Q-2: Is an ERISA fidelity bond the same thing as fiduciary liability insurance?No. The fidelity bond required under section 412 of ERISA specifically insures a plan against losses due to fraud or dishonesty (e.g., theft) on the part of persons (including, but not limited to, plan fiduciaries) who handle plan funds or other property. Fiduciary liability insurance, on the other hand, generally insures the plan against losses caused by breaches of fiduciary responsibilities.

Fiduciary liability insurance is neither required by nor subject to section 412 of ERISA. Whether a plan purchases fiduciary liability insurance is subject, generally, to ERISA’s fiduciary standards, including section 410 of ERISA. ERISA section 410 allows, but does not require, a plan to purchase insurance for its fiduciaries or for itself covering losses occurring from acts or omissions of a fiduciary. Any such policy paid for by the plan must, however, permit recourse by the insurer against the fiduciary in the case of a fiduciary breach. In some cases, the fiduciary may purchase, at his or her expense, protection against the insurer’s recourse rights.

Few ERISA requirements are more mysterious to the compliant-oriented third party administrator than the bonding requirement. The market for the required bond is specialized and the services of a knowledgable insurance professional are very helpful here.

A new field assistance bulletin provides some good guidance on the bonding requirement.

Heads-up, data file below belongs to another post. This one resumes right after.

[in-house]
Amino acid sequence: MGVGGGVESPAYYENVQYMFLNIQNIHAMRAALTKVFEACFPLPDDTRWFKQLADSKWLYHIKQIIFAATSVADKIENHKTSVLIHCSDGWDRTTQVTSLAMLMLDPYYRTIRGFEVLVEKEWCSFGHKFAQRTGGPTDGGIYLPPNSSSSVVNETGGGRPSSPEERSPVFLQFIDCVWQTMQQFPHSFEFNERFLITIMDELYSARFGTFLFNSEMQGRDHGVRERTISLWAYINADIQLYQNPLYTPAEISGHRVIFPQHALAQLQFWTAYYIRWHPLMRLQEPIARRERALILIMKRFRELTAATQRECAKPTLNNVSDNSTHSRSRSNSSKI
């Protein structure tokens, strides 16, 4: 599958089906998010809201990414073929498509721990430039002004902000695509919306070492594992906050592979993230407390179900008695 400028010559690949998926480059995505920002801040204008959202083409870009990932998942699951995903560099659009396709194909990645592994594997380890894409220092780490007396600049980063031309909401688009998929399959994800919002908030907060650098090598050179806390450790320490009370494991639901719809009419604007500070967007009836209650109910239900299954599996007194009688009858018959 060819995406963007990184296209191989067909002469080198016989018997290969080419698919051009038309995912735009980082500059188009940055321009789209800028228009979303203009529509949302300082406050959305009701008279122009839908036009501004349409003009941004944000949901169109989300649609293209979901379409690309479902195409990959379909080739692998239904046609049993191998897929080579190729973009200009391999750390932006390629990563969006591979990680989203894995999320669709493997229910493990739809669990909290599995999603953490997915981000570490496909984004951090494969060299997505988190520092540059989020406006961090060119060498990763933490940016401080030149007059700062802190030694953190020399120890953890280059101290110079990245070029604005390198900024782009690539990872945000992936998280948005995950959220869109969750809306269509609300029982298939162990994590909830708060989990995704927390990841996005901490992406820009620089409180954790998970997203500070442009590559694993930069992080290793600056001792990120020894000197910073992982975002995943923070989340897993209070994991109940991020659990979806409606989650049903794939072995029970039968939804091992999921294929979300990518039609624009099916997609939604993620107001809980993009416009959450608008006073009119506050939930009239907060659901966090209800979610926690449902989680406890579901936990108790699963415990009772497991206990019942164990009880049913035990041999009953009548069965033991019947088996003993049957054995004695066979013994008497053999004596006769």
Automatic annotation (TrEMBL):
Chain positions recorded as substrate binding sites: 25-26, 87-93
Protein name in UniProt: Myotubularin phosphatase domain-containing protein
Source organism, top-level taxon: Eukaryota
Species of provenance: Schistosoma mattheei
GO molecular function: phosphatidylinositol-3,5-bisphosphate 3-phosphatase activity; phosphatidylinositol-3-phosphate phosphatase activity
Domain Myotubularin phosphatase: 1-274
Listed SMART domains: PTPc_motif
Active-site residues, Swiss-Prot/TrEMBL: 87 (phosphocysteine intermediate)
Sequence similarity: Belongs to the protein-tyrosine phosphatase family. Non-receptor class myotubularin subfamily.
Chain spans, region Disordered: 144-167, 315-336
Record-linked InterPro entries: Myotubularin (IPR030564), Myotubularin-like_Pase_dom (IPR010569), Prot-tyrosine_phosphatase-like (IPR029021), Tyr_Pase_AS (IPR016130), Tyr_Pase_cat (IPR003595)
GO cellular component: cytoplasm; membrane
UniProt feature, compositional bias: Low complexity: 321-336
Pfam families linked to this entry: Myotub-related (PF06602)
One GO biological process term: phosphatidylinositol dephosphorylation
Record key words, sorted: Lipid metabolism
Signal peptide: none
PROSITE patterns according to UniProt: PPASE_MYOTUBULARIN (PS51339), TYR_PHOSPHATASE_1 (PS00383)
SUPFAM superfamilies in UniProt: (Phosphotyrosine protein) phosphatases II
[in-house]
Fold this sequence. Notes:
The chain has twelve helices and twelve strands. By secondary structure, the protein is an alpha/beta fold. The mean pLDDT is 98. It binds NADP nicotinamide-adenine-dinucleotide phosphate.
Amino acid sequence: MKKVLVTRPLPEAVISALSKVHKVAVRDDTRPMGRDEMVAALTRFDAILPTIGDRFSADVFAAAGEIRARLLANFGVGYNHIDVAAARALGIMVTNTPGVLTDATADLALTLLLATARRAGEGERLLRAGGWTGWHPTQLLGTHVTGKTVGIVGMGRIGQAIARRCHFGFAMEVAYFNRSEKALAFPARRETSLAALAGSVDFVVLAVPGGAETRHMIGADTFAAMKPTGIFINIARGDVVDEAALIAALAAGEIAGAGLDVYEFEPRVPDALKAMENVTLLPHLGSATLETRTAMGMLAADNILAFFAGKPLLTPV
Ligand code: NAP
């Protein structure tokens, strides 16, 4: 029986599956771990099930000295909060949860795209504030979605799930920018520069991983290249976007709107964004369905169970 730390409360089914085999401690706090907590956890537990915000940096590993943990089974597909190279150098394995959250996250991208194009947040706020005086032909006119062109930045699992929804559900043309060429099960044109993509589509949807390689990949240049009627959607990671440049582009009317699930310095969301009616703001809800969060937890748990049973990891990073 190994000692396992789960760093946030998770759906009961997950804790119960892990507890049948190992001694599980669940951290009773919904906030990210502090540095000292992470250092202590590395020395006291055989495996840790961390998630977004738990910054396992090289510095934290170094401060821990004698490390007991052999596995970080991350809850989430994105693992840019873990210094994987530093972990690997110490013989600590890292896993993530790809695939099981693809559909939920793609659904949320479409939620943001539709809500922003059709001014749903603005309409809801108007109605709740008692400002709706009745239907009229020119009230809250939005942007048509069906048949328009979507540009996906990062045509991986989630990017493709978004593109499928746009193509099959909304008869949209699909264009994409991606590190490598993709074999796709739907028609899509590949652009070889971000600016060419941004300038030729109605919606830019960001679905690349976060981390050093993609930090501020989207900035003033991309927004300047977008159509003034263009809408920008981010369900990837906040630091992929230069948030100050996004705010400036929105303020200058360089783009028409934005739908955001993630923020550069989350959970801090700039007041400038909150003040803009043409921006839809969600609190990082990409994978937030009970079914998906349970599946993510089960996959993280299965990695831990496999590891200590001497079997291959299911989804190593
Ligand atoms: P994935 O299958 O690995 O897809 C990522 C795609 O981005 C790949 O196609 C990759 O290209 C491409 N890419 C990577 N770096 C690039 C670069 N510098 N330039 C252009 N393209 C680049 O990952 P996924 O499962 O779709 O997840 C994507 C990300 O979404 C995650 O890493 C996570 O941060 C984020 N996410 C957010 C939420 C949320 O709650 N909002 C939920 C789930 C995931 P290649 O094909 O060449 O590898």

The bonding requirement is imposed pursuant to 29 USC Section 1112, which reads in part:

(a) Requisite bonding of plan officials

Every fiduciary of an employee benefit plan and every person who handles funds or other property of such a plan (hereafter in this section referred to as “plan official”) shall be bonded as provided in this section . . .

And further:

The amount of such bond shall be fixed at the beginning of each fiscal year of the plan. Such amount shall be not less than 10 per centum of the amount of funds handled. In no case shall such bond be less than $1,000 nor more than $500,000, except that the Secretary, after due notice and opportunity for hearing to all interested parties, and after consideration of the record, may prescribe an amount in excess of $500,000, subject to the 10 per centum limitation of the preceding sentence.

DOL Audit Checklist – From the EBSA Enforcement Manual, items on the bond requirement checklist include:

  • Does the bond provide for payment to the Plan in the event of loss?

The Plan must be named as an “insured” and the payover rider must be attached unless the Plan is the sole insured under the bond. The definition of employee in the bond must cover all persons who “handle” funds.

  • How many Plans are covered by the bond?
  • How many non-plan entities are covered by the bond?
  • Is the bonding company listed in Treasury Circular 570?
  • Is the Plan named as the insured?
  • If more than one Plan or Plan(s) and the Plan Sponsor are covered, is a pay-over rider attached?
  • If the bond contains a deductible, is an elimination of deductible rider attached with respect to the Plan?
  • Does the bond protect against fraud or dishonesty?
  • Does the bond cover all persons who “handle” funds?

Without a “Definition of Employee” rider, a bond generally excludes “officers, Directors, and Trustees” from coverage.

  • Does the bond have a one-year discovery period?
  • Does the Plan have fiduciary liability insurance?

The foregoing questions presuppose a proper determination of which entities and persons “handle” plan assets. Bonding is required for each individual who has this authority.

If a corporate trustee holds the Plans assets, but the Plan trustees can direct the payment of benefits by the corporate trustee or direct the investments to be made by the corporate trustee, the Plan trustees “handle” funds and bonding is required.